A New Zealander who set up a company linked to an airliner loaded with North Korean arms and detained in Bangkok says he doesn't know anything about the matter.

Michael Taylor, of Amberley in North Canterbury, acknowledged setting up Auckland-based company, SP Trading Ltd - to whom the plane was leased - but said he had no knowledge of the aircraft or its contents, the Wall Street Journal reported.

"We don't know anything about that matter. I basically do incorporation services for clients," said Taylor.

He said he had set up about 2000 companies and this was the first time something like this had happened.

"We don't have a stash of weapons here, that's for sure," he told the newspaper.

The plane, registered to a carrier in the Republic of Georgia, was detained in Thailand last week carrying missiles, explosives and other armaments from North Korea.

Its planned destination was unknown.

The five crew members, from Belarus and Kazakhstan, have been detained in Thailand and deny knowing about the weapons.

Officials in Kazakhstan and Georgia said the aircraft was leased to SP Trading, an Auckland company that lists Lu Zhang as director.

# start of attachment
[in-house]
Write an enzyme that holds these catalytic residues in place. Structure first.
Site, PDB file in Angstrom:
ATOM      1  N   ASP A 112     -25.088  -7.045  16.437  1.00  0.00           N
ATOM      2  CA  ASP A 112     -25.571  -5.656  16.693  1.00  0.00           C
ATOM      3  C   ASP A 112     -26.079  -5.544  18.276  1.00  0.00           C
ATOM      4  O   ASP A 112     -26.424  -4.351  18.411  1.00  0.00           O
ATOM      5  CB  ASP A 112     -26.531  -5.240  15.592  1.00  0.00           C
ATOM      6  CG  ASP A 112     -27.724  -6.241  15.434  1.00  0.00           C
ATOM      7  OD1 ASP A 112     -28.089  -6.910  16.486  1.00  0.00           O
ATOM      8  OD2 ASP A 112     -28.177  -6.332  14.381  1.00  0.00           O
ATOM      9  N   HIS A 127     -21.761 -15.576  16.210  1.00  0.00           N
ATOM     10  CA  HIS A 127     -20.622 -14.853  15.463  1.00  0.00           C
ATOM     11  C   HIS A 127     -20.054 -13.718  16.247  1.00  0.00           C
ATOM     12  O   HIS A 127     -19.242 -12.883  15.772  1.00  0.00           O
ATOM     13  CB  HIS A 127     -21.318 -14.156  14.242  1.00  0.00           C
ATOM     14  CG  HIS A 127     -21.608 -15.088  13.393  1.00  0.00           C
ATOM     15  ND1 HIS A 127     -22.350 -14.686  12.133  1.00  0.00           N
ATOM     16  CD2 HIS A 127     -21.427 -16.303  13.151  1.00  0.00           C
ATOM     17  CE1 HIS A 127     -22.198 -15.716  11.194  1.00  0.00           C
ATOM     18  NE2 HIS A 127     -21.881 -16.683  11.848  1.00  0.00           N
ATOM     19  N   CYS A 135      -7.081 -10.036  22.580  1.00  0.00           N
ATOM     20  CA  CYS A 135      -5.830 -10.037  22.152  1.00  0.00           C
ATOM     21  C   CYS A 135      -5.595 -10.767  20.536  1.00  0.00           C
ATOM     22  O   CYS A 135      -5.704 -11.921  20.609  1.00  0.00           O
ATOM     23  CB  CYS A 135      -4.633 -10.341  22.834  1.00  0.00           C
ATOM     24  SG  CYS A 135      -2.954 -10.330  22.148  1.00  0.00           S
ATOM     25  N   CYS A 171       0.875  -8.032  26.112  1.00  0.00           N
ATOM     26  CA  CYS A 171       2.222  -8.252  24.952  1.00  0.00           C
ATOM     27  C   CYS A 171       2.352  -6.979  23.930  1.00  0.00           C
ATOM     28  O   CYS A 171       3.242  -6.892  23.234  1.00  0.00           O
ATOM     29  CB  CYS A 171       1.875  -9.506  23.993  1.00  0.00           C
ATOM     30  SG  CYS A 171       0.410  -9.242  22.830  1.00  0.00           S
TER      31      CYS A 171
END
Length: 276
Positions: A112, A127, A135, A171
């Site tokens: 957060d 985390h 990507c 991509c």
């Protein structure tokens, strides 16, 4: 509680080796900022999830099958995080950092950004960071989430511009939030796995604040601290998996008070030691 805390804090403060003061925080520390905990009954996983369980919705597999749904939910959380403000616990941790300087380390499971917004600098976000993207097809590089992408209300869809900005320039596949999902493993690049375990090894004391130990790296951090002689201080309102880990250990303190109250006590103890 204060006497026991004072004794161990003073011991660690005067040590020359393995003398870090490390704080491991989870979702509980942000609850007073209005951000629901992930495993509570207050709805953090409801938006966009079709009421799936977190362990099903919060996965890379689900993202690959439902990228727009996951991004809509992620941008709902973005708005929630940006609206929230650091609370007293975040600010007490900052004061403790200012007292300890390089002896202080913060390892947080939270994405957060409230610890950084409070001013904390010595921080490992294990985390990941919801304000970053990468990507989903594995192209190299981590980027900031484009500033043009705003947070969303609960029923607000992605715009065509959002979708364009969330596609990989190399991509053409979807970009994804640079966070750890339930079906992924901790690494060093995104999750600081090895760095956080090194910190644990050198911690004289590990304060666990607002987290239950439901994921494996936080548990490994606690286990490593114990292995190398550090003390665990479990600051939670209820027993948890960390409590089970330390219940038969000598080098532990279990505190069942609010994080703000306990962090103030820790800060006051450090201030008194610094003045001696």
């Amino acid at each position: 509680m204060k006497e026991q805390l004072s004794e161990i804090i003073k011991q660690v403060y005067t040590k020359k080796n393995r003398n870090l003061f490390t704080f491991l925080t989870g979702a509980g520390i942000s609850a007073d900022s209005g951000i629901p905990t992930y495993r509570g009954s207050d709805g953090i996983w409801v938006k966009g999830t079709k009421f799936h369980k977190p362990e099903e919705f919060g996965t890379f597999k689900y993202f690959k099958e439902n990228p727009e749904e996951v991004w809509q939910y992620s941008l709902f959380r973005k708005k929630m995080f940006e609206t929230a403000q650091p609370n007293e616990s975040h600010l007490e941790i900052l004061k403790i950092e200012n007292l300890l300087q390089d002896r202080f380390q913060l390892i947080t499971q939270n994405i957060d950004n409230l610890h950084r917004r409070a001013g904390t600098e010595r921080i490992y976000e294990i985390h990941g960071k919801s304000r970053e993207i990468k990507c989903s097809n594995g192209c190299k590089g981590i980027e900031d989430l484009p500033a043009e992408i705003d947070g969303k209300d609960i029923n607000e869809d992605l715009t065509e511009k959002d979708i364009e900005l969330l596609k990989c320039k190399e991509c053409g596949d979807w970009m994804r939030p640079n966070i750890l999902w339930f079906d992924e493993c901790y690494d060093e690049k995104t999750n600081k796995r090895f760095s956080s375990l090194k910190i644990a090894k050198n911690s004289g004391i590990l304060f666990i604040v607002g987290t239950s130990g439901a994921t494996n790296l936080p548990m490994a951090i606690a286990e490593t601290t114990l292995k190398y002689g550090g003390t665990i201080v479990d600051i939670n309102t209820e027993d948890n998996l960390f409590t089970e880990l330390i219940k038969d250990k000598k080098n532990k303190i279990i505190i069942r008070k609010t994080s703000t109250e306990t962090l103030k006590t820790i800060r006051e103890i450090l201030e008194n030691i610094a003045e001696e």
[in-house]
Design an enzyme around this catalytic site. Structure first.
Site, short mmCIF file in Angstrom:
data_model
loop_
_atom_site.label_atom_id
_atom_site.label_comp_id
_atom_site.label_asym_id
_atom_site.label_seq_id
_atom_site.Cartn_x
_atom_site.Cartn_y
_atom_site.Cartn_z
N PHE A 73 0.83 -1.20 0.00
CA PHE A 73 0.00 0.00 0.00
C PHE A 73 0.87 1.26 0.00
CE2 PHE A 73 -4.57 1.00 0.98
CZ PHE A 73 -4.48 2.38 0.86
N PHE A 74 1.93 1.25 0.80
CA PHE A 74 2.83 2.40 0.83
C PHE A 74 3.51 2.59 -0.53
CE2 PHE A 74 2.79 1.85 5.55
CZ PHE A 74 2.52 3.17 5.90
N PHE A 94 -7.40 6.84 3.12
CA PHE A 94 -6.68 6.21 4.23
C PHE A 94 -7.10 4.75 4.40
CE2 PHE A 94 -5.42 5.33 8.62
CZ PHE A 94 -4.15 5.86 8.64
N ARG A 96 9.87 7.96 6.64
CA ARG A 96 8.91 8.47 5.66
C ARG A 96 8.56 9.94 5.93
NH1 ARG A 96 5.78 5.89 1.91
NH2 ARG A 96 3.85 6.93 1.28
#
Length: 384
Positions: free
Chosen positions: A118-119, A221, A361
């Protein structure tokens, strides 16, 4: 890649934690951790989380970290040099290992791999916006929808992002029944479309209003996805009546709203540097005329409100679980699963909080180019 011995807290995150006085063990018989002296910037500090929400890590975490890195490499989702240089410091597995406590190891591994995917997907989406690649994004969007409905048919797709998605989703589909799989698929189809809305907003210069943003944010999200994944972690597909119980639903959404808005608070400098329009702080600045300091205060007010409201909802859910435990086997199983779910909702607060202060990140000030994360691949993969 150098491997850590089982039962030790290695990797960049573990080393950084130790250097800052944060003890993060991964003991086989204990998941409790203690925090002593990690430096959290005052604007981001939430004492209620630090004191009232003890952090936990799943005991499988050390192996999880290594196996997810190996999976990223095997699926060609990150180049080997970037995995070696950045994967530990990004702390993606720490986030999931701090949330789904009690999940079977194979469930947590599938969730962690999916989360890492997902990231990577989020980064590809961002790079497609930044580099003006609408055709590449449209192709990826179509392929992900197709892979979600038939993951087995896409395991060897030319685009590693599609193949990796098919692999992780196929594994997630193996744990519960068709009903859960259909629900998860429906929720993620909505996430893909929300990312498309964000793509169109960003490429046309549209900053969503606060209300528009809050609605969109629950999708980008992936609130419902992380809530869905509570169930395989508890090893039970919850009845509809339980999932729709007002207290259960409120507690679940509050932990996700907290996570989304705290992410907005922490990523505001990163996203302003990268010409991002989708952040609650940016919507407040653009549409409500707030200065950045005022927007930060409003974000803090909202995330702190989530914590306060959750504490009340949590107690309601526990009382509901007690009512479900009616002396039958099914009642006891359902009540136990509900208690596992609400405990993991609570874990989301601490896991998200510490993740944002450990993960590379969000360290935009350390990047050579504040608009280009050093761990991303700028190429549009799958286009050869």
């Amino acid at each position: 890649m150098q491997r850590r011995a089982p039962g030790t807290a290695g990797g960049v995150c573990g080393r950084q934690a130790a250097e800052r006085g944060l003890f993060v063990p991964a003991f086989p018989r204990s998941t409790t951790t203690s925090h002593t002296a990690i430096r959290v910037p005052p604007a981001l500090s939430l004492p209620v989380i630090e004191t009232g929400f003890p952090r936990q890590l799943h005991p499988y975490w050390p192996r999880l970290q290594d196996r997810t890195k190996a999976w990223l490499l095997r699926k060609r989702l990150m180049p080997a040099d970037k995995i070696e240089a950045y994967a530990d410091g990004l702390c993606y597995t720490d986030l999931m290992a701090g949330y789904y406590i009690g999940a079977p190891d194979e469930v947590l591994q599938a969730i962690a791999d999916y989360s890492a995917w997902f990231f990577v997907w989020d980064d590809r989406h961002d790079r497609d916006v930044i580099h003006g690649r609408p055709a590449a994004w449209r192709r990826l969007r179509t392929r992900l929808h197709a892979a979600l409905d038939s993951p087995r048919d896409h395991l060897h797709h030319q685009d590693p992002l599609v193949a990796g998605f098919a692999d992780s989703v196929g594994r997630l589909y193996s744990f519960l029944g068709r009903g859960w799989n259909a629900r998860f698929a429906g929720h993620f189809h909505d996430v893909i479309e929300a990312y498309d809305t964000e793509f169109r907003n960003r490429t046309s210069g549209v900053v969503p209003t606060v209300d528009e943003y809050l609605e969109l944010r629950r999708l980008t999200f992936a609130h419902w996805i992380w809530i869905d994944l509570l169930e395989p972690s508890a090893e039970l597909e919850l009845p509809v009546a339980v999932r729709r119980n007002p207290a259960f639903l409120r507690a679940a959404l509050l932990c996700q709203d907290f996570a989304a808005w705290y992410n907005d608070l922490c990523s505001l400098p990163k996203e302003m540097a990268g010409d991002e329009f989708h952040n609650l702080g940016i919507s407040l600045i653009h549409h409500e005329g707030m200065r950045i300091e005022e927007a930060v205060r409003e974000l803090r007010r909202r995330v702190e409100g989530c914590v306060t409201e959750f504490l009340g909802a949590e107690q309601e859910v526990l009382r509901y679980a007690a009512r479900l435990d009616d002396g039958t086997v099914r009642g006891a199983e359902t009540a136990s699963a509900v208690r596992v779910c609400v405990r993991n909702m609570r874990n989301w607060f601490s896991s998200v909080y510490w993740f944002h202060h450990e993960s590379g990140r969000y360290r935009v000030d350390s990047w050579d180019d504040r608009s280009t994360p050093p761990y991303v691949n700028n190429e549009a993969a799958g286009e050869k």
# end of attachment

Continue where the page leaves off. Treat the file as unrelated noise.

The company Taylor set up goes by the same name and also lists Lu Zhang as director.

Taylor told the Wall Street Journal he had no information about Zhang because he only did "the incorporation of the company".

SP Trading lists as its address the office of a company called GT Group. GT Group was preparing to make a statement on the matter, Taylor said.

New Zealand police and the Ministry of Foreign Affairs and Trade are investigating.

The Wall Street Journal said New Zealand promoted itself as an easy place to set up businesses.

But critics say the rules governing the creation of companies, which don't require proof of identity or the registering of a residential address, are too lax and can lead to abuse.

"It's very easy to set up here in New Zealand and there have been lots of fraudsters who have set up here because it has a safe and clean and honest image," Alex Tan, a specialist in fraud investigation at the Auckland office of PricewaterhouseCoopers, told the Wall Street Journal.